2.2.1   How participants learned about ICASA 2008

Survey respondents were asked to identify how they had learned about ICASA 2008 from a seven-
item list. A recommendation from a colleague or friend was the most frequently identified
source of information (selected by 27% respondents) (see Table 2.10). Most responses in the
’other’ category named the respondent’s workplace or a specific organization.

                          Table 2.10: Source of information about ICASA 2008
                                                                          % Respondents
                                           Source
                                                                            (n=1,153)

                       Recommended by a colleague/friend                          27

                       Conference invitation programme/brochure                   18

                       Through the internet/email                                 16

                       Attended previous ICASA/aware of schedule                  13

                       At a workshop/conference                                   10

                       Not sure                                                    1

                       Other                                                      15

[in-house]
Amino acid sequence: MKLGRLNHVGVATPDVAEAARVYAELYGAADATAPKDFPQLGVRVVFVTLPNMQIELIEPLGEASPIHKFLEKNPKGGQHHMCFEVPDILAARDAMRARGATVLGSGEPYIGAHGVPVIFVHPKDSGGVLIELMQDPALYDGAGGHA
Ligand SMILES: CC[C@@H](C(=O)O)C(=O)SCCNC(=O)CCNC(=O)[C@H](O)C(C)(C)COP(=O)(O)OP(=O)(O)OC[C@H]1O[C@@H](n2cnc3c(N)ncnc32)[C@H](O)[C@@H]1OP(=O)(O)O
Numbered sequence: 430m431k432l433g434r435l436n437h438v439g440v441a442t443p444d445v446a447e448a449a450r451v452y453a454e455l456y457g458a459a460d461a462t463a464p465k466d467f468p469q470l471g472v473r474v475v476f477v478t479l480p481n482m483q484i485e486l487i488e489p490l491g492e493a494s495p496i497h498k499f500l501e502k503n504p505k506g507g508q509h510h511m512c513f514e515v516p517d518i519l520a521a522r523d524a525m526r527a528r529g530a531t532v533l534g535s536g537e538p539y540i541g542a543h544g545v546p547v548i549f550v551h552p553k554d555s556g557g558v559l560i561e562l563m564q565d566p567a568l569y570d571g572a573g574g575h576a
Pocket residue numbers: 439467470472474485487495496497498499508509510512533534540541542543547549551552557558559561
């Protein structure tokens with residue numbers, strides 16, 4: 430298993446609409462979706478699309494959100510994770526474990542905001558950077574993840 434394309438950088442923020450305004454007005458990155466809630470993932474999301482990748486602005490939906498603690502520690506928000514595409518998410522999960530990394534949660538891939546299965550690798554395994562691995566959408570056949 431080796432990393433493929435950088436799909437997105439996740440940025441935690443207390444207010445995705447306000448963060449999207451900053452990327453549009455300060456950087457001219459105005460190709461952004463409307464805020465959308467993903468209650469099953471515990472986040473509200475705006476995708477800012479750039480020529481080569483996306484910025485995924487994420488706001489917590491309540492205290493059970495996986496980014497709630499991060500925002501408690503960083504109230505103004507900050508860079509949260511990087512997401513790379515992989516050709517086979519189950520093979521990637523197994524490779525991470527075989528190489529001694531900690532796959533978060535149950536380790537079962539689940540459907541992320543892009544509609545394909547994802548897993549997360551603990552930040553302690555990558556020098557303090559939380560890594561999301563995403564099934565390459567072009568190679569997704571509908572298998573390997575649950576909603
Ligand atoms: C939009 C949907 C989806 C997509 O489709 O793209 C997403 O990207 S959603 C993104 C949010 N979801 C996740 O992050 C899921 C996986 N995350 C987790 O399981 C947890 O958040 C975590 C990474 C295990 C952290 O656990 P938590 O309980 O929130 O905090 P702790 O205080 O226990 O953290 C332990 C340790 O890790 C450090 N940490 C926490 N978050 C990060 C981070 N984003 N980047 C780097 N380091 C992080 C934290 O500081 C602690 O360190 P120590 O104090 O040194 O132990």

Total           100



2.2.2 Participants’ reasons for attending ICASA 2008
Survey respondents were asked to identify up to two main reasons for attending ICASA 2008 from
an eight-item list. Although networking was selected by the largest proportion of respondents
(45%), programme content and presentation of a paper or poster were also important factors
(selected by 36% and 26% of respondents respectively) (see Table 2.11).

                           Table 2.11: Main reasons for attending ICASA 2007
                                                                          % Respondents*
                                           Reason
                                                                             (n= 394)

                       Networking opportunities                                   45

                       Programme content                                          36

                       Presenting paper or poster                                 26

                       Skill-building opportunities                               19

                       Organizing satellite, workshop or exhibition               19

                       Recipient of scholarship or grant                           8

                       Geographic location (Dakar, Senegal)                        5